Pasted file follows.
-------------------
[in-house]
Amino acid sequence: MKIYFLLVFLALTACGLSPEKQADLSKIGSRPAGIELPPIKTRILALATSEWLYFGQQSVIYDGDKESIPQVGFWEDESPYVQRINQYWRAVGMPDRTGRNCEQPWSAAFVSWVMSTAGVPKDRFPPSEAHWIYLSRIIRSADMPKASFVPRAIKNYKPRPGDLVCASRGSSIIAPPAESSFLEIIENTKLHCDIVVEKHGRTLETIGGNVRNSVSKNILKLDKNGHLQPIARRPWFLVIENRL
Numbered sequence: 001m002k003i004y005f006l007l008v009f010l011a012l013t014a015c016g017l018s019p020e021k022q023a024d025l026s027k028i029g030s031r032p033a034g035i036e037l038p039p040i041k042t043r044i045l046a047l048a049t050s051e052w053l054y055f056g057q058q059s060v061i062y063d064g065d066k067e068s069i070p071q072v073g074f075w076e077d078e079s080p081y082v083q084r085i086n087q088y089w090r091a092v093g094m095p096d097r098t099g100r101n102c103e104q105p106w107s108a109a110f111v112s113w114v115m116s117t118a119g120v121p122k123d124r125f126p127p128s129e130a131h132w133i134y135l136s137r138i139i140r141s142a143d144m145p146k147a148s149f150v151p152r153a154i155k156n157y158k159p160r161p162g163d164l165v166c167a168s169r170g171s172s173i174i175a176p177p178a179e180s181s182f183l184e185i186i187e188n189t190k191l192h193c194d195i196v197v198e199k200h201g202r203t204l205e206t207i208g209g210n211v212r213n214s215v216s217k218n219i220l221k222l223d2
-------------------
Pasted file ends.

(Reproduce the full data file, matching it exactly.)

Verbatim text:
[in-house]
Amino acid sequence: MKIYFLLVFLALTACGLSPEKQADLSKIGSRPAGIELPPIKTRILALATSEWLYFGQQSVIYDGDKESIPQVGFWEDESPYVQRINQYWRAVGMPDRTGRNCEQPWSAAFVSWVMSTAGVPKDRFPPSEAHWIYLSRIIRSADMPKASFVPRAIKNYKPRPGDLVCASRGSSIIAPPAESSFLEIIENTKLHCDIVVEKHGRTLETIGGNVRNSVSKNILKLDKNGHLQPIARRPWFLVIENRL
Numbered sequence: 001m002k003i004y005f006l007l008v009f010l011a012l013t014a015c016g017l018s019p020e021k022q023a024d025l026s027k028i029g030s031r032p033a034g035i036e037l038p039p040i041k042t043r044i045l046a047l048a049t050s051e052w053l054y055f056g057q058q059s060v061i062y063d064g065d066k067e068s069i070p071q072v073g074f075w076e077d078e079s080p081y082v083q084r085i086n087q088y089w090r091a092v093g094m095p096d097r098t099g100r101n102c103e104q105p106w107s108a109a110f111v112s113w114v115m116s117t118a119g120v121p122k123d124r125f126p127p128s129e130a131h132w133i134y135l136s137r138i139i140r141s142a143d144m145p146k147a148s149f150v151p152r153a154i155k156n157y158k159p160r161p162g163d164l165v166c167a168s169r170g171s172s173i174i175a176p177p178a179e180s181s182f183l184e185i186i187e188n189t190k191l192h193c194d195i196v197v198e199k200h201g202r203t204l205e206t207i208g209g210n211v212r213n214s215v216s217k218n219i220l221k222l223d2